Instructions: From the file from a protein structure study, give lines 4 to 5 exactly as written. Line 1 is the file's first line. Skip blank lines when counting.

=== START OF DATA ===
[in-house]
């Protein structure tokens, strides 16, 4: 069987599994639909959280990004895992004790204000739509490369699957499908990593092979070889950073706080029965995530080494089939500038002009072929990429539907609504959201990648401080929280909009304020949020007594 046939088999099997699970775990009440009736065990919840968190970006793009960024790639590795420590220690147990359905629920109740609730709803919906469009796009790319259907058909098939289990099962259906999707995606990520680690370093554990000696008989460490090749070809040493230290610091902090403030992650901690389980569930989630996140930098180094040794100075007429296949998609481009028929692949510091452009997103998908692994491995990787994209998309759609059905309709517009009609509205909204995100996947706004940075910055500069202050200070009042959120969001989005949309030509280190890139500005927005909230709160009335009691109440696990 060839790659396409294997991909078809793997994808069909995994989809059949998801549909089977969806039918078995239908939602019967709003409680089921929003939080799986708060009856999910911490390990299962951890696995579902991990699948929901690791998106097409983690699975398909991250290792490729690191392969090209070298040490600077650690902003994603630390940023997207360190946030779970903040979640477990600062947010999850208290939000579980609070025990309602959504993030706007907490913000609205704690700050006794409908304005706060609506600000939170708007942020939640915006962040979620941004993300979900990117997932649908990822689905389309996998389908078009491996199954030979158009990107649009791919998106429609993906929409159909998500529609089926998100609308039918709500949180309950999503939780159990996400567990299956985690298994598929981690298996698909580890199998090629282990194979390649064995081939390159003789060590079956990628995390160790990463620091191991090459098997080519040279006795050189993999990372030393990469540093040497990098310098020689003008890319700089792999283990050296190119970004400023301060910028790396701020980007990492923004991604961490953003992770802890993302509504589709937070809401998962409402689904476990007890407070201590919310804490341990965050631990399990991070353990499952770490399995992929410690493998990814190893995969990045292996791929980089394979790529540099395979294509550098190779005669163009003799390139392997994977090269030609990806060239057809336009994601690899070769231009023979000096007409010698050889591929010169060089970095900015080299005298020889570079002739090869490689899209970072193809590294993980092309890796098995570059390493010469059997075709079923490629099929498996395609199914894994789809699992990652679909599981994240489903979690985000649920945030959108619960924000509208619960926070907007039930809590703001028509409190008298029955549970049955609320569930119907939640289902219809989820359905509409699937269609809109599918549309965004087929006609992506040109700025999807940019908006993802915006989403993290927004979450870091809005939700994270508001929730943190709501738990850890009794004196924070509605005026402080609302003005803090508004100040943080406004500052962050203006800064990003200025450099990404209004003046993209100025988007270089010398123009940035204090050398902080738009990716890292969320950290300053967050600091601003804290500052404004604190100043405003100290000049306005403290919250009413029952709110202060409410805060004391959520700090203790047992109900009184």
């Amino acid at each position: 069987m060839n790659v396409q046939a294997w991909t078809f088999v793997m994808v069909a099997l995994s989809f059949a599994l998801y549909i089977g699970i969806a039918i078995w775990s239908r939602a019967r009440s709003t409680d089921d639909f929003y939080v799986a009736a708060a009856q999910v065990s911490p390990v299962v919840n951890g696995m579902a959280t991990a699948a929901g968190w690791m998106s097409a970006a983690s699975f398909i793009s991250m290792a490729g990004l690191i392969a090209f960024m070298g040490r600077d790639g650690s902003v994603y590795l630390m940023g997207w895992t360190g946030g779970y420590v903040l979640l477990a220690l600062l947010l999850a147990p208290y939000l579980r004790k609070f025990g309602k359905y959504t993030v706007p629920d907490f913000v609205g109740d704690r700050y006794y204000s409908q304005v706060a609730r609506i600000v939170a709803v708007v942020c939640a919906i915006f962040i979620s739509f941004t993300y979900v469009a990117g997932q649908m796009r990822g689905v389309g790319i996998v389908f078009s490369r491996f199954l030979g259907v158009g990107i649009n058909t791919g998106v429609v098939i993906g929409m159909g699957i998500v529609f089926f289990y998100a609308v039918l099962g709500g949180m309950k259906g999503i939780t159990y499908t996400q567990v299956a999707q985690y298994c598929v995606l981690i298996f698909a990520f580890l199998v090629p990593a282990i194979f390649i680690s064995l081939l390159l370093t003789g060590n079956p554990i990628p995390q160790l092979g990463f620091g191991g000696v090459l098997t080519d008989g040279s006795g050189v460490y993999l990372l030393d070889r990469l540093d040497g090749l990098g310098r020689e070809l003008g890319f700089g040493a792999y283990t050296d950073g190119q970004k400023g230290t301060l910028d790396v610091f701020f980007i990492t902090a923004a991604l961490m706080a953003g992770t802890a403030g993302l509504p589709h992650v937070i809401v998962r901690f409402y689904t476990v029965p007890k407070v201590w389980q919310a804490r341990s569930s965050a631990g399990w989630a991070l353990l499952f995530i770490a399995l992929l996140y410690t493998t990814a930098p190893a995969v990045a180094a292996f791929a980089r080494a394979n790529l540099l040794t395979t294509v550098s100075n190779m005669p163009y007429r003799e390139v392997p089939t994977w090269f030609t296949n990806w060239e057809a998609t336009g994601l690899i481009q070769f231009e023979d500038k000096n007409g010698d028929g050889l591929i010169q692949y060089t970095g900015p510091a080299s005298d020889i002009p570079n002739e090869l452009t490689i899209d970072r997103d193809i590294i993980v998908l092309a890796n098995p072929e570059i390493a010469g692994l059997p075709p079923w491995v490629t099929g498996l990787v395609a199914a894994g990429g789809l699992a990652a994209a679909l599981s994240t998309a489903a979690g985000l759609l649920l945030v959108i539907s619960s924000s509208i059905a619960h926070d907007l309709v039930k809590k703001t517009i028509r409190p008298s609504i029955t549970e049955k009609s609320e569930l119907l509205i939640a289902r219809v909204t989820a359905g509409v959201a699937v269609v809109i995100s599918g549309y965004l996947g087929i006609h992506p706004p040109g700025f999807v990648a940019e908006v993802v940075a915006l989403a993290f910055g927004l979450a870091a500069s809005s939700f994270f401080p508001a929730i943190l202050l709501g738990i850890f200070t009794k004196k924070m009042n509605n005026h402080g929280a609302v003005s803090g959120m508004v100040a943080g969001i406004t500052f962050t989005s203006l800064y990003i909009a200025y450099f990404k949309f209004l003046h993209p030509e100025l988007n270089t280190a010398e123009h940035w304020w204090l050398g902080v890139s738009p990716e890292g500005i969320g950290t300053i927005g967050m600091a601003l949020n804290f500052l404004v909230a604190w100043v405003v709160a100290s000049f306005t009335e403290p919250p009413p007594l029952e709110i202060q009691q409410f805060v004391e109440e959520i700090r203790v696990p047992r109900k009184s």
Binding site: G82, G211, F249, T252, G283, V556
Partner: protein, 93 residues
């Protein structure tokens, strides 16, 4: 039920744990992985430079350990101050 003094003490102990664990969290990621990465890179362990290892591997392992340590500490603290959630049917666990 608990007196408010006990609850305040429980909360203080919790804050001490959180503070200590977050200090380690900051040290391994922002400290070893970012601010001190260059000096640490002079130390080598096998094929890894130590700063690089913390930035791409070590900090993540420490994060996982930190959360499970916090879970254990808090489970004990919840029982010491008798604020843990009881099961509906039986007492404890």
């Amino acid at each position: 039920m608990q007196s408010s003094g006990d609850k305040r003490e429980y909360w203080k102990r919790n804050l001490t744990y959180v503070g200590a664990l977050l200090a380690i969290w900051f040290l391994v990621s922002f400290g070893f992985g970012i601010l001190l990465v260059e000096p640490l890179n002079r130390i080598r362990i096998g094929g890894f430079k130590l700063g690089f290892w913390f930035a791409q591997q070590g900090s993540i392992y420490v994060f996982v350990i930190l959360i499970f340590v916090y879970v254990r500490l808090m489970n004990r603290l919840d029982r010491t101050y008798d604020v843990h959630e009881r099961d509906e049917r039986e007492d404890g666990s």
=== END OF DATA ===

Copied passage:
Binding site: G82, G211, F249, T252, G283, V556
Partner: protein, 93 residues